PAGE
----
Here was my problem.

Because Ignatius was a contemporary and disciple of the apostles, his understanding of the apostolic faith would have been identical to that of the apostles. Yet his 7 epistles, which are his last will and testament, indicate multiple doctrines that did not fit my Evangelical image of the early church and interpretation of Scripture.

Here are a few:

1. Episcopal form of government.

“Wherever the bishop appears, let the people be there; just as wherever Jesus Christ is, there is the complete Church.” (Epistle to the Smyreans)

“as there is one bishop, along with the presbytery and deacons, my fellow-servants:” (Epistle to the Philadelphians)

2. The true presence of Christ in the Eucharist.

“They abstain from the Eucharist and from prayer, because they do not confess that the Eucharist is the flesh of our savior Jesus Christ, flesh which suffered for our sins and which the Father, in his goodness, raised up again… Let that be considered a valid Eucharist which is celebrated by the bishop, or by one whom he appoints.” (Epistle to the Smyreans)

“Take heed, then, to have but one Eucharist. For there is one flesh of our Lord Jesus Christ, and one cup to [show forth] the unity of His blood; one altar; as there is one bishop, along with the presbytery and deacons, my fellow-servants: that so, whatsoever you do, you may do it according to [the will of] God.” (Epistle to the Philadelphians)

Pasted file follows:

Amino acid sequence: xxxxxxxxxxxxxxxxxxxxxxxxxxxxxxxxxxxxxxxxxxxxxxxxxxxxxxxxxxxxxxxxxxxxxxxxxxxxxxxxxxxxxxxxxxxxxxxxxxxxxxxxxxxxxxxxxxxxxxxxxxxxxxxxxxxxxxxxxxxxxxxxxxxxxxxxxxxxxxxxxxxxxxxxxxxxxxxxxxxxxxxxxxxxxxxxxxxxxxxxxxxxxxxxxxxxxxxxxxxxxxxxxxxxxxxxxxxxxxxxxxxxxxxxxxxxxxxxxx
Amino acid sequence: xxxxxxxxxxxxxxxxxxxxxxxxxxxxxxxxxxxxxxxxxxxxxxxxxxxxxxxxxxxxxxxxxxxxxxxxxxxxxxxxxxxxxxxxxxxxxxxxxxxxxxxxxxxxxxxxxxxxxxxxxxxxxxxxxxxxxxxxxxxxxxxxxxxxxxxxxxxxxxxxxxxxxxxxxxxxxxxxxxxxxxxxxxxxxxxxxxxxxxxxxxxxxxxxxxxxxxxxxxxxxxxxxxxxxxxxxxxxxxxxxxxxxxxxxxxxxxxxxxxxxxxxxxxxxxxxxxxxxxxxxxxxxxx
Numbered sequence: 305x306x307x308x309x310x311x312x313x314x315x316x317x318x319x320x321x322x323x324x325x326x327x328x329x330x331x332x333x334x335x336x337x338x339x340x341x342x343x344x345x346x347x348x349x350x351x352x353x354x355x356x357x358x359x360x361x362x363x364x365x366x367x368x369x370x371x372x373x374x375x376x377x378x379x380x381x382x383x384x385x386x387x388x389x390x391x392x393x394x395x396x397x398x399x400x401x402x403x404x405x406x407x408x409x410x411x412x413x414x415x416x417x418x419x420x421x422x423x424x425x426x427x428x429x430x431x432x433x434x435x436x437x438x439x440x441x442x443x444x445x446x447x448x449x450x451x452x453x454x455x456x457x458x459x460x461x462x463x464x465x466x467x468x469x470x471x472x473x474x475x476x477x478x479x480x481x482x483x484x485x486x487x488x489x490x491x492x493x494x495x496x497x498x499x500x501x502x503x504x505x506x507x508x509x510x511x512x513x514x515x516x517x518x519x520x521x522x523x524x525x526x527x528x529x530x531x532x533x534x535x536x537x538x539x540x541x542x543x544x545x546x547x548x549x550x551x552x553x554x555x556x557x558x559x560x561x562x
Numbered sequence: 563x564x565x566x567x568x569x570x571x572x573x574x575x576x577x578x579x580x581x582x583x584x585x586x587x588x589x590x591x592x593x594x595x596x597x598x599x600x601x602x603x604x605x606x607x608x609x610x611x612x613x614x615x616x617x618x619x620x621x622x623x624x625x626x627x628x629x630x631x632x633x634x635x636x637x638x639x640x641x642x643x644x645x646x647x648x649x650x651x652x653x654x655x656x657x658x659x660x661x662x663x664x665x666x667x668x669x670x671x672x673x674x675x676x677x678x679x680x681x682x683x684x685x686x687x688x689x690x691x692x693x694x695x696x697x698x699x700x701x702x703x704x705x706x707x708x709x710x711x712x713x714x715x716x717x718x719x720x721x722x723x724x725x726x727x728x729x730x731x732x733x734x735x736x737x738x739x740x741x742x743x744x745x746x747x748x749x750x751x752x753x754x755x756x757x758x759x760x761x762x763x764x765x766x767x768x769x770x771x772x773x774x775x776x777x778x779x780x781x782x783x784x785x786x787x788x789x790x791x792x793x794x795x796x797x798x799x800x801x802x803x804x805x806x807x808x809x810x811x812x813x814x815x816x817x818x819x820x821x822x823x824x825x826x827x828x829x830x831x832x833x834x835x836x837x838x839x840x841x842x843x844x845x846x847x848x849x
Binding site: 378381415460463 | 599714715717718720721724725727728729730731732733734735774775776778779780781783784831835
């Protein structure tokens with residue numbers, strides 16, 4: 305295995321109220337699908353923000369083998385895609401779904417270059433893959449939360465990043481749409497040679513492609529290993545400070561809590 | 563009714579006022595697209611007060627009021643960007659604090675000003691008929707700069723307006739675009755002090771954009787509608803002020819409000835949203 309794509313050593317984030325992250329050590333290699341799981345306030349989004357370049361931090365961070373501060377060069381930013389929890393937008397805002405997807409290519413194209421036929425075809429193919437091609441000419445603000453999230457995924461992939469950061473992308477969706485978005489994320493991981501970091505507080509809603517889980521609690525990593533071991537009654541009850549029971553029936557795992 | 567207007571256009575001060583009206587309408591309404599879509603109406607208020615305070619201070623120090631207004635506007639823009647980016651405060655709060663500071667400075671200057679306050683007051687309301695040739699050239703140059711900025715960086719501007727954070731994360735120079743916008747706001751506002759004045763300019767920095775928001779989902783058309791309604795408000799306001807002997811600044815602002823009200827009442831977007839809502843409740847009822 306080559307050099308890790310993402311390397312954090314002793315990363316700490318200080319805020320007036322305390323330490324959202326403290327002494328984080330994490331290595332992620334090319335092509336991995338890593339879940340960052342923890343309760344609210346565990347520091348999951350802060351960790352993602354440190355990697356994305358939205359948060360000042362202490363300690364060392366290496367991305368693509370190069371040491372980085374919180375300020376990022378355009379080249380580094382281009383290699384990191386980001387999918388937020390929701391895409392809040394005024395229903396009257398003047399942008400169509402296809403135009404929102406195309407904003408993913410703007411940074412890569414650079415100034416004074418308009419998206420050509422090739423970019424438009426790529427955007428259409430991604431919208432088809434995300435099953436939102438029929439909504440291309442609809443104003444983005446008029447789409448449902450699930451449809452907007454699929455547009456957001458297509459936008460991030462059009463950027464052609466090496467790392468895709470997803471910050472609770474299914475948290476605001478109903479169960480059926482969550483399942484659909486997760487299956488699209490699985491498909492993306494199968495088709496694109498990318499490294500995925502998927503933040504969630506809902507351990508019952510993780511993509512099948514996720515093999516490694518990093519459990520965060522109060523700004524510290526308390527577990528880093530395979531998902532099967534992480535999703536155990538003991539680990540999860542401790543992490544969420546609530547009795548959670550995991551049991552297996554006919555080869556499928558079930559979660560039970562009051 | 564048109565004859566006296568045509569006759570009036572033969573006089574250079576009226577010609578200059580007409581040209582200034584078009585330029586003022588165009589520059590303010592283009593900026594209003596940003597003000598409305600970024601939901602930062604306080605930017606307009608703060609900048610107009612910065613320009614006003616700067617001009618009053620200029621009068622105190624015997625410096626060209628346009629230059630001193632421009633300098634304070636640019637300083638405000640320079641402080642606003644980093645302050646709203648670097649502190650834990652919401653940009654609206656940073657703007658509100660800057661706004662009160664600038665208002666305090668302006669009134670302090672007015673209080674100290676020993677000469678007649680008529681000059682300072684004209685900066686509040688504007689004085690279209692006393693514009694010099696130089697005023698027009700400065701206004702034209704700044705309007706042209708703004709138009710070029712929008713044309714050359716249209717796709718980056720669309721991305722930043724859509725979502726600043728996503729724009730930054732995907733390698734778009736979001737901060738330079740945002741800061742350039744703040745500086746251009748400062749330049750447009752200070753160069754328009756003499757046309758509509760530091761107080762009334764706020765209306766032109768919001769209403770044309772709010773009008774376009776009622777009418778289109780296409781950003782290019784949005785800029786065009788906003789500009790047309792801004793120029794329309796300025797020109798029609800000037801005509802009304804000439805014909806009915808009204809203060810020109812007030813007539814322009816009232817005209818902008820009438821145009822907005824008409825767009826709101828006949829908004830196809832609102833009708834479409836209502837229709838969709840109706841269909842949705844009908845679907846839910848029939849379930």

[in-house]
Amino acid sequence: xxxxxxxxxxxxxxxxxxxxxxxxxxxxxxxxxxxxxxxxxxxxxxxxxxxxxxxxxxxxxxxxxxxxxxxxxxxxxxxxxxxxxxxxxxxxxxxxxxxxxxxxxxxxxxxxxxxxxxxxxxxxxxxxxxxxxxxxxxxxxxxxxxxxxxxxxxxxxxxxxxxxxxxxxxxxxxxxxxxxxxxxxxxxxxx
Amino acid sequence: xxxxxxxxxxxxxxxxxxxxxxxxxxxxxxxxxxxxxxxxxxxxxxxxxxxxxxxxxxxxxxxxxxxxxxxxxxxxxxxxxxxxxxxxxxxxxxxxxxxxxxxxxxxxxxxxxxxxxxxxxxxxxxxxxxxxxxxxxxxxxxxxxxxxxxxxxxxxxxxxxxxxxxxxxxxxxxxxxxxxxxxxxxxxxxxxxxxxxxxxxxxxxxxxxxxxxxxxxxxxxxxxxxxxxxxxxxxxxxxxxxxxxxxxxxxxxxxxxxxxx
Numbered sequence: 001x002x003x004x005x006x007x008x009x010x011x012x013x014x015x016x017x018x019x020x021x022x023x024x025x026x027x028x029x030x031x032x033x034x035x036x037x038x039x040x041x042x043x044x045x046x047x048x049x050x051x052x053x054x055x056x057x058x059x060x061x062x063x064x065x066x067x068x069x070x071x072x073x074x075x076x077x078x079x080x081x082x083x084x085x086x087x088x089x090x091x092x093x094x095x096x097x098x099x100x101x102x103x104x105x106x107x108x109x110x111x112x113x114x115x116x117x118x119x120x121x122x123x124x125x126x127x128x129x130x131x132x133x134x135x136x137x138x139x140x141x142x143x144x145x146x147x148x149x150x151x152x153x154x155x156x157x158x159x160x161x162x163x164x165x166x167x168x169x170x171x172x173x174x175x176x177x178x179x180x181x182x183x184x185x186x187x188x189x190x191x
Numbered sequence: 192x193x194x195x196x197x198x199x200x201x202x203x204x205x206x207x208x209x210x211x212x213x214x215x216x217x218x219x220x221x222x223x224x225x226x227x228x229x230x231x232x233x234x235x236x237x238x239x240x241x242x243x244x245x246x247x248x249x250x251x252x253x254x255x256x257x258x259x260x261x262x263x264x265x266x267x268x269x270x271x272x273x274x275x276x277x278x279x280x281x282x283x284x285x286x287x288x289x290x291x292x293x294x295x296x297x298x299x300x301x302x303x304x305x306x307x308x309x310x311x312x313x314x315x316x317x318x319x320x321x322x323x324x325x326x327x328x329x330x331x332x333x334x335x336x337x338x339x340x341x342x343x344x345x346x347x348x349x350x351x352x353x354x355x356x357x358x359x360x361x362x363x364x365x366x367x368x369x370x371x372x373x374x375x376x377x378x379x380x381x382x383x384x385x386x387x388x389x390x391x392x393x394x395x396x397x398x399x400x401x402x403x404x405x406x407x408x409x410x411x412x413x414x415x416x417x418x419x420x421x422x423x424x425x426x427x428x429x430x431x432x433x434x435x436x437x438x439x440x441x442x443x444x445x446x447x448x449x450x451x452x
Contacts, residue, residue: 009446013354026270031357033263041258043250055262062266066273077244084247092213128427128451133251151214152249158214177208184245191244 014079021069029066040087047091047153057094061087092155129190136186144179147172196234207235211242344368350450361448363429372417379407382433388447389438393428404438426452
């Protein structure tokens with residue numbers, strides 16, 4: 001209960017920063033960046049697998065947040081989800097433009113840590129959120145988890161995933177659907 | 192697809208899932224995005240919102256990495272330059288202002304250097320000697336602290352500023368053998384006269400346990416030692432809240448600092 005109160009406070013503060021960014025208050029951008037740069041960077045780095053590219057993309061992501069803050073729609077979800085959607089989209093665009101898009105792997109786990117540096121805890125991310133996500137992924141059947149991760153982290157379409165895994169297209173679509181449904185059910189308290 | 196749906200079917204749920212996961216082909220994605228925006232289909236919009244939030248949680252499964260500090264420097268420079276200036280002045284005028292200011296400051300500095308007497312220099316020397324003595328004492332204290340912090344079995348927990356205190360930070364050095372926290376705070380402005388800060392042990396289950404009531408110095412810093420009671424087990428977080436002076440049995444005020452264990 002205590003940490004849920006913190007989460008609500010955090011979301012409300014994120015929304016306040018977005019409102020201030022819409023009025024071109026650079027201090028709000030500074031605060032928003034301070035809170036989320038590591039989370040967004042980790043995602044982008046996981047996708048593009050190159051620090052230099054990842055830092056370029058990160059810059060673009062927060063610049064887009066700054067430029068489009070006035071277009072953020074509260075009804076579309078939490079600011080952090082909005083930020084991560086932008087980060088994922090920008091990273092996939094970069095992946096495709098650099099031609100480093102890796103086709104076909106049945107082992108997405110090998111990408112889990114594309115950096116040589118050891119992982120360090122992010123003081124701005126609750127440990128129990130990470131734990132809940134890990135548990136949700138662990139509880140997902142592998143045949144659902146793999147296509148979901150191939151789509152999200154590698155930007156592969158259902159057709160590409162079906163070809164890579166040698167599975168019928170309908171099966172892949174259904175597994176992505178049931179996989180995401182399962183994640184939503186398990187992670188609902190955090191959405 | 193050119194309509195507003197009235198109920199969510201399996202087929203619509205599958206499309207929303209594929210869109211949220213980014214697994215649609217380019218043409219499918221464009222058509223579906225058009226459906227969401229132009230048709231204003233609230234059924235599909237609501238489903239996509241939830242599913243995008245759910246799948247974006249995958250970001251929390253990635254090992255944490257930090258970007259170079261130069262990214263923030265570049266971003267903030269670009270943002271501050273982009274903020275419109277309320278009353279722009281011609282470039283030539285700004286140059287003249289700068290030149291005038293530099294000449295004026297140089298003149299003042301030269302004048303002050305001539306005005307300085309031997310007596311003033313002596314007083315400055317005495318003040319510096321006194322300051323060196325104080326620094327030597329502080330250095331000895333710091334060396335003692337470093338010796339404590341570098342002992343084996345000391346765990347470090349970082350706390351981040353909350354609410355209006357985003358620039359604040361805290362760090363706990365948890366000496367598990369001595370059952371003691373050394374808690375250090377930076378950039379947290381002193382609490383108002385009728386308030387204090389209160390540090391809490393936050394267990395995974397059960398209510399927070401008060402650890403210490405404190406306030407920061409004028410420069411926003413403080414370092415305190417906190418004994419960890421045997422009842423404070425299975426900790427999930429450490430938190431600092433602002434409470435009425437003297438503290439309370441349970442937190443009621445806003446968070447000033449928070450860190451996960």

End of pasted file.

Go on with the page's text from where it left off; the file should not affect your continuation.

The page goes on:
“I desire the Bread of God, the heavenly Bread, the Bread of Life, which is the flesh of Jesus Christ, the Son of God, who became afterwards of the seed of David and Abraham; I wish the drink of God, namely His blood, which is incorruptible love and eternal life.” (Epistle to the Romans).

3. The necessity and efficacy of Baptism.

“He was born and baptized, that by His passion He might purify the water.” (The Epistle of Ignatius to the Ephesians)

This muddied the waters and eventually led me to Orthodoxy. I am not saying that all who consider the church that Ignatius painted will become Orthodox, but it was hard for me to support my own Scriptural interpretations against one who knew the writers of Scripture.

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Comments

  1. Michael says:

    Thanks, Theron, for your post. I am asking the same question – what do we do with Ignatius. Minimally he demolishes certain Protestant pre-suppositions about the nature and the structure of the early church. Maximally, he crowds one to Orthodoxy. Prayers for me on this journey would be appreciated – Michael